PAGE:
At the second attempt, the Chinese Super League (CSL) are getting it right, laying the foundations for future sustained success.
That's according to Italian agent, Davide Lippi, who says the decision by the CSL to focus more on importing experienced, big name coaches ahead of marquee players, is now paying dividends.
And Lippi should know. He's the son of former Juventus and Italy coach Marcello Lippi. Lippi Snr is now in charge of the Chinese national team, taking the job after leading Guangzhou Evergrande to five trophies in just two years.
"Chinese football has grown a lot, they are doing the right things," Lippi tells Tribalfootball.com. "Of course it is true, they've made heavy investment, but it is no guarantee to achieve positive results. They are working for the good of Chinese football.
"I remember the League in years past, they took top players like Didier Drogba and Nicolas Anelka, but is was not enough: two great players can't make an entire football system grow. They realised, and it was smart on their part, that in order to make a league grow it is necessary to bring the best coaches."
Lippi, who through his father is now regularly active in the Chinese transfer market, name-checks some of the biggest identities in the game now working in the CSL.
"To build a team, they need the best coaches, not one or two top players. They have to grow tactically. Which they're now doing with heavy investment in football managers over the last period: Felix Magath, Fabio Capello, Paulo Sousa, Marcello Lippi, Manuel Pellegrini, Luiz Felipe Scolari... if you bring the best managers, your football system grows and the entertainment is better.
"Chinese managers can grow too, learning from these top class coaches."
Lippi believes other developing leagues can take a leaf out of the CSL's book - particularly the USA and their MLS. The impact of their 'marquee' player approach appearing to have stalled since the days of David Beckham at LA Galaxy.
"There are different regulations, it is a different league," he continues. "Anyway, now MLS is growing too, thanks to the arrival of big managers like Tata Martino. To make a football system grow, you need to bring the best instructors.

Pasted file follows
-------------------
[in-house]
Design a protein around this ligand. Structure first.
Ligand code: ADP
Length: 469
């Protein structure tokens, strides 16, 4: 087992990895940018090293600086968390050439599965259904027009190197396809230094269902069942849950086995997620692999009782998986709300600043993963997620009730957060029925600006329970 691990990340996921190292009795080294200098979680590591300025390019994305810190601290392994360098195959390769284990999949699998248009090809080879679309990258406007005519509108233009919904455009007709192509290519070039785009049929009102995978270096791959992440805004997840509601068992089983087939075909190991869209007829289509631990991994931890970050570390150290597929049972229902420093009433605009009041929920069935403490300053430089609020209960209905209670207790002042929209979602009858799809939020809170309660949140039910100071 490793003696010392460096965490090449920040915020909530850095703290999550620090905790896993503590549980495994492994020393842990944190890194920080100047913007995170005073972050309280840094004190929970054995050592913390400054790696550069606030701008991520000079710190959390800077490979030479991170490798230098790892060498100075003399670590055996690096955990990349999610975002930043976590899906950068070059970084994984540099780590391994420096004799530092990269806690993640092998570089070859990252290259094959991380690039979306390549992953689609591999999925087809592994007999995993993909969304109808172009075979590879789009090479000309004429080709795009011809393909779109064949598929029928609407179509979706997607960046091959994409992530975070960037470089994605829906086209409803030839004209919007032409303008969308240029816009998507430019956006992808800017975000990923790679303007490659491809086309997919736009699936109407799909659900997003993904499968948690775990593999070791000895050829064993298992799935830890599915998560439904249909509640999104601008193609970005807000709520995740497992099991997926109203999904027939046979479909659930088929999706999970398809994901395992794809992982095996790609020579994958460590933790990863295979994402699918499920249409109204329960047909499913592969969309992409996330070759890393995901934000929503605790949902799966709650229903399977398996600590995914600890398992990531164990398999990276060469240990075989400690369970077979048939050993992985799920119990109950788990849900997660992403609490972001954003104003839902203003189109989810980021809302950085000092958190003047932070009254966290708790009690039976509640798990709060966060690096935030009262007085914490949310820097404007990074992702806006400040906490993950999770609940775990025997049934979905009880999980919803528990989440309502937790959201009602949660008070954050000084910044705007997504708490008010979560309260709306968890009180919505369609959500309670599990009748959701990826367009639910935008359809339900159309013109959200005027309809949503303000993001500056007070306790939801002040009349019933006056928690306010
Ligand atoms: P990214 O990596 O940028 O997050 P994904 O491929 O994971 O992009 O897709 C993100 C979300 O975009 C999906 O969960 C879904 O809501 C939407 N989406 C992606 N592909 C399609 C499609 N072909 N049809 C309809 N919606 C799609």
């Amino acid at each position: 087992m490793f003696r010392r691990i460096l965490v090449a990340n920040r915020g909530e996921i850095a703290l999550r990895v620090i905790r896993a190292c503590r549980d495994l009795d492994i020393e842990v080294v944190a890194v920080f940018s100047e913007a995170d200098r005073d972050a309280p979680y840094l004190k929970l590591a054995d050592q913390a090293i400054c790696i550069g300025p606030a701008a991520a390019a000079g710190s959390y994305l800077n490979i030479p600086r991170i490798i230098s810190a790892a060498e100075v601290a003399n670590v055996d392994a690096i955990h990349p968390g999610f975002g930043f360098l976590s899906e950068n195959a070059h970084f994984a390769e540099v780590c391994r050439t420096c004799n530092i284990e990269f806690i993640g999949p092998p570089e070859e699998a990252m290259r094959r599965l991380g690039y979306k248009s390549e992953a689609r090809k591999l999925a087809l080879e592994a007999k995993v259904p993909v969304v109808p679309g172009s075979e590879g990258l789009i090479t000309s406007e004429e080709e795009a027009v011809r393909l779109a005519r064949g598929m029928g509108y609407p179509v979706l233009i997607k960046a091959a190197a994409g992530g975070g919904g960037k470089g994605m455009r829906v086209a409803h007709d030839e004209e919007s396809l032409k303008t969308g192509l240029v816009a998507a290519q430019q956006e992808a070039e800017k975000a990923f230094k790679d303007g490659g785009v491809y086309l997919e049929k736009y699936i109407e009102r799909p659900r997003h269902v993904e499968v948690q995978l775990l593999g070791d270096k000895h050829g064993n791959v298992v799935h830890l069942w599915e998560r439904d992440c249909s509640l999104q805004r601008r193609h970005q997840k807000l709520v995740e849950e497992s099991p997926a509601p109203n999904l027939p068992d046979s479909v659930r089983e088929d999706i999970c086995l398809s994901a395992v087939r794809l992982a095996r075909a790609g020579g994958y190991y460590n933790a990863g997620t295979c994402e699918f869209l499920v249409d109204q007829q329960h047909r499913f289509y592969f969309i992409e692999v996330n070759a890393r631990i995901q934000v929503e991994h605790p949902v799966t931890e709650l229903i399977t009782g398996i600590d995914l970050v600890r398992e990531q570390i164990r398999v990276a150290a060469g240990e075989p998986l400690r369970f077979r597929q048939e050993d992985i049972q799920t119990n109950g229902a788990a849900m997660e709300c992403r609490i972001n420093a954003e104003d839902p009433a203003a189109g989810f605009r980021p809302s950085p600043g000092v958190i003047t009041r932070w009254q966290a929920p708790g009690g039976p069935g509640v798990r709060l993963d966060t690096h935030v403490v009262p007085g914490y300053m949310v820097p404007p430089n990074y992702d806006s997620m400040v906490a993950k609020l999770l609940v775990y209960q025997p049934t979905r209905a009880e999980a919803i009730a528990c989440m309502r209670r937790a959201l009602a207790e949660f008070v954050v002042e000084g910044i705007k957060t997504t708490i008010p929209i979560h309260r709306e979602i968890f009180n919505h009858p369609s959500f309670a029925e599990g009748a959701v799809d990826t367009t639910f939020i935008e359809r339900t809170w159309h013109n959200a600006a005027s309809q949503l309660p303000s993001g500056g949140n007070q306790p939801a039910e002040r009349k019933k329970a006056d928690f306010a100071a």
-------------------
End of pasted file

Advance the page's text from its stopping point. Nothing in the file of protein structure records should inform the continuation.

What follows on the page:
"You can bring Andrea Pirlo and David Villa, hopefully the first one makes two assists for the second, who scores twice, but if the defence let the opponents score three times, you lose the match. In China, they understood that they couldn't make their football grow on their own. So, they brought the best coaches, who have enhanced this football system over the last 5-6 years.
"The technical and tactical level of the Chinese League has grown, it has improved."
Lippi also insists the decision by the Chinese government to crack down on CSL splashing out staggering sums on big name players is the right move. Football authorities are seeking to accelerate player development and Lippi believes flooding CSL squads with imports was working against local talent.
"Now their aim is to develop Chinese footballers, so the government put special boundaries to stop the waste of money. For me, these boundaries are intelligent. For example: taxes on bigger salaries; clubs can't buy more than four foreign players; if a club spends more than €6m the cost is duplicated and the tax goes into a fund, which is used to enhance Chinese football; for every foreign player on the roster, clubs have to name an U23 player as a starter. This is the next step."
Along with boosting local player development, Lippi also says the regulations have led to the unexpected bonus of CSL clubs strengthening eachother's finances.
He explained: "Obviously, those big transfers will be ever more difficult, the Chinese transfer market at the moment is congested. Why does a club have to spend €40m for a €20m player? At that point, they insist on those players that they have already bought. Government directives are: do not send Chinese money to different leagues and countries."
And Lippi reveals his hand in a local deal at the expense of Roma and their Belgium international midfielder, Radja Nainggolan. The agent convincing Guangzhou Evergrande to drop their pursuit - and the money involved - to splash out a significant sum on a local CSL import.
He explained: "This year, for example, Guangzhou followed my advice and bought Nemanja Gudelj, a Serbia international, who was already playing in China. They could have spent €50m for Nainggolan, but my directive was: buy another strong player who plays in the Chinese League. That didn't use to happen before. I like and respect a lot the way they are working for the good of their local market."
Lippi is convinced the foundations now being put in place are paying off. Despite China's failure to qualify for this year's World Cup in Russia, there's optimism around the next generation of players coming through the CSL, where clubs are now dominating Asian competition.
He says: "They are creating a forward-looking football system. Now, for the first time, Chinese football is followed all over the world, there are many foreign players who want to go to China, stadiums are full and the general level is growing.
"The future of this football system depends on the growth of the younger players, who in 2025 will be members of the national team. The Chinese national team will be a power in 2030. Chinese football teams are achieving great results in the AFC Champions League.
"Even the national team didn't reach the World Cup due to just one point."
Which everyone connected to Chinese football are determined to never see happen again.